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Photograph by Bob Cox-Wrightson

Ely Place, Holborn

An enclave of Cambridgeshire in the heart of London.

There is a small corner of London which has ancient Cambridgeshire connections. It has a pub called “Ye Olde Mitre”, built in 1546 by the Bishop of Ely, and a church dedicated to St Etheldreda. This is Ely Place, in Holborn, which is private street, managed by its own commissioners and beadles.

St Etheldreda’s Church was the chapel of the Bishops of Ely from about 1250 to 1570. It is the oldest Catholic church in England and one of only two remaining buildings in London from the reign of Edward I – the other being Westminster Abbey.

Ye Olde Mitre, Ely Place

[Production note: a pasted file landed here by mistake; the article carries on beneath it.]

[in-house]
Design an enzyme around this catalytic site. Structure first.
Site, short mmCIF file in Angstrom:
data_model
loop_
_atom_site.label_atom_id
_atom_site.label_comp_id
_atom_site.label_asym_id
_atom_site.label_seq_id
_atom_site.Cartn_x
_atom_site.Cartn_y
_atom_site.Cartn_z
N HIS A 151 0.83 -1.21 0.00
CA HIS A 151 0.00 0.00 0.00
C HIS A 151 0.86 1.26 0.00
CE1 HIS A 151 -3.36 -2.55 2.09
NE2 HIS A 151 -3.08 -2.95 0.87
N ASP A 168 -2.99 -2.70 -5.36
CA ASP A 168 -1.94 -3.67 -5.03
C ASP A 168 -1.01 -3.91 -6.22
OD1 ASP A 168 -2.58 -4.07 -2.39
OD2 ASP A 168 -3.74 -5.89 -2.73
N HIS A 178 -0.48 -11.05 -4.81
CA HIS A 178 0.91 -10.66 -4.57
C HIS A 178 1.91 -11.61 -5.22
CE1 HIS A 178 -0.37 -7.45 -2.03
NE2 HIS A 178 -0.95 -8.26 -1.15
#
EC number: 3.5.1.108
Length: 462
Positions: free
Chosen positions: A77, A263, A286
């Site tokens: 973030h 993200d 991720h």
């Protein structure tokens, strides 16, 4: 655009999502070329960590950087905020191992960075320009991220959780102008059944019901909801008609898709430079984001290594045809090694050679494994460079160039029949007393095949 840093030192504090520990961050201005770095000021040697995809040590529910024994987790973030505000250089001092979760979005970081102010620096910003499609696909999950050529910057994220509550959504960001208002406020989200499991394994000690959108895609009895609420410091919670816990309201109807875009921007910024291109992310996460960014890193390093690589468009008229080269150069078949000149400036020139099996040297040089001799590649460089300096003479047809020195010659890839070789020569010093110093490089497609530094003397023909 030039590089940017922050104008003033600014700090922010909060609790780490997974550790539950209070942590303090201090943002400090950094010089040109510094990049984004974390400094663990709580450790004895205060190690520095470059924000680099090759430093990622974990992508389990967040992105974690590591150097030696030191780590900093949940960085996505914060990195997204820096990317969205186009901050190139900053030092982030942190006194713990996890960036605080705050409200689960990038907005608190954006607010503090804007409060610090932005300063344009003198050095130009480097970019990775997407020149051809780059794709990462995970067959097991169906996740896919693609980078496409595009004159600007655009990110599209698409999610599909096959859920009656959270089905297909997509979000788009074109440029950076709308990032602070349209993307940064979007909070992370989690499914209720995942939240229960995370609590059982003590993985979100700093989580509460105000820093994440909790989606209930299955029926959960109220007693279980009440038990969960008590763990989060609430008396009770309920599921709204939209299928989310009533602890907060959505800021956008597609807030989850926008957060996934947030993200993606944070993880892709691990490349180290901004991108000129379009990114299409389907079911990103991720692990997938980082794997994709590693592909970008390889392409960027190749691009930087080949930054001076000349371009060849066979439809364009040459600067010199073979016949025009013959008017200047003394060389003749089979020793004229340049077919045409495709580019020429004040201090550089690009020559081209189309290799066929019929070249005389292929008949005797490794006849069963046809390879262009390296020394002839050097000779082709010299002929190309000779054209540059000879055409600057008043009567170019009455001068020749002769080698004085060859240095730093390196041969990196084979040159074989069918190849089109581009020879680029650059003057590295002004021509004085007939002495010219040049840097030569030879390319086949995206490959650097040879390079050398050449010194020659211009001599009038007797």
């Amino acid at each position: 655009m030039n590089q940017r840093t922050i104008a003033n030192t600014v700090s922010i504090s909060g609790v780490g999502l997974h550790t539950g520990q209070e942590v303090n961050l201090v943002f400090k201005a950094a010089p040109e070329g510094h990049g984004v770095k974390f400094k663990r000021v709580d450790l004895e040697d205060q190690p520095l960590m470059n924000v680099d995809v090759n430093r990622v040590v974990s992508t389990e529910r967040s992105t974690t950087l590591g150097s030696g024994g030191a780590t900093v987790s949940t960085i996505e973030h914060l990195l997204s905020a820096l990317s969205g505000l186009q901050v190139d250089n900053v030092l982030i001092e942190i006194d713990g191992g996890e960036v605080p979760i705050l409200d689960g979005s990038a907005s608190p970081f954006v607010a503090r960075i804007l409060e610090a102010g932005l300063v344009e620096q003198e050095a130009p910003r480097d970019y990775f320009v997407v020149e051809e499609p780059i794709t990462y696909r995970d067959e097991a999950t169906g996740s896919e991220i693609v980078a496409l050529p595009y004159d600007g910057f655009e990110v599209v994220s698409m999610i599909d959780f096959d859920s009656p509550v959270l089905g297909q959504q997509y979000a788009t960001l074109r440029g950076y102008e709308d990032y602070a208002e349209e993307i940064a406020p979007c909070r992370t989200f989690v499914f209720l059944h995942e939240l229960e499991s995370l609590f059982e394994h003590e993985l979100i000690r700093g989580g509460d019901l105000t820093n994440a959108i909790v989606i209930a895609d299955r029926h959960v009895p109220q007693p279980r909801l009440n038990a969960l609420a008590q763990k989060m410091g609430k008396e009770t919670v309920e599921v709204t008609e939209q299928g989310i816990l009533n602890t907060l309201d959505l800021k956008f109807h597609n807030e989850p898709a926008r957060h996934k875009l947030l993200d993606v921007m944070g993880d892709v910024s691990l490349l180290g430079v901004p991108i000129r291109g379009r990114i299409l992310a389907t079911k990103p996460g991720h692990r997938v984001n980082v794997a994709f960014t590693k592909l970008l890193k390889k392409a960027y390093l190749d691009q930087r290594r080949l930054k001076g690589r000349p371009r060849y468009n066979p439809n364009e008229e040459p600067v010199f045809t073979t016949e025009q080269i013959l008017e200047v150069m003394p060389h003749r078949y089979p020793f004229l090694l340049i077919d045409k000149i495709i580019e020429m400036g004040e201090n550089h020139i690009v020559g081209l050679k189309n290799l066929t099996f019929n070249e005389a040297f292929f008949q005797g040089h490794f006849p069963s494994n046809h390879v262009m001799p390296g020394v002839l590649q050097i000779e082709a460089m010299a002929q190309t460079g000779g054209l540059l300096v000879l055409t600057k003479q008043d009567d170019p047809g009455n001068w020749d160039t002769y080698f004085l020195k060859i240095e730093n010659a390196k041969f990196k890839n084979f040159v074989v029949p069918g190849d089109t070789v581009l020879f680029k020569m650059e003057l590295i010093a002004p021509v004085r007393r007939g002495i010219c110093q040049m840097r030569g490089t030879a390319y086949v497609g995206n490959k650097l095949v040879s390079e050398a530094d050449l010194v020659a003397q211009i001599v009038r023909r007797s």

Photograph by Bob Cox-Wrightson

The whole estate was administered by the See of Ely, and the gardens of St Etheldreda’s were once full of saffron and strawberries. They are mentioned in Shakespeare’s Richard III, when the Duke of Gloucester says to the Bishop of Ely –

“When I was last in Holborn,
I saw good strawberries in your garden there
I do beseech you send for some of them.”

Ye Olde Mitre was remodelled in the 1930’s, and until the 1960s its  licence was issued by the Cambridge authorities. The pub contains a remnant of a cherry tree, that Queen Elizabeth once danced around with Sir Christopher Hatton.

St Etheldreda's Church, Ely Place

Photograph by Bob Cox-Wrightson

Until the late 1960s, the beadles of Ely Place would announce the time and weather on an hourly basis from 7am until 10pm, and the pub contains examples of letters addressed to Ely Place, Holborn, Cambridgeshire.


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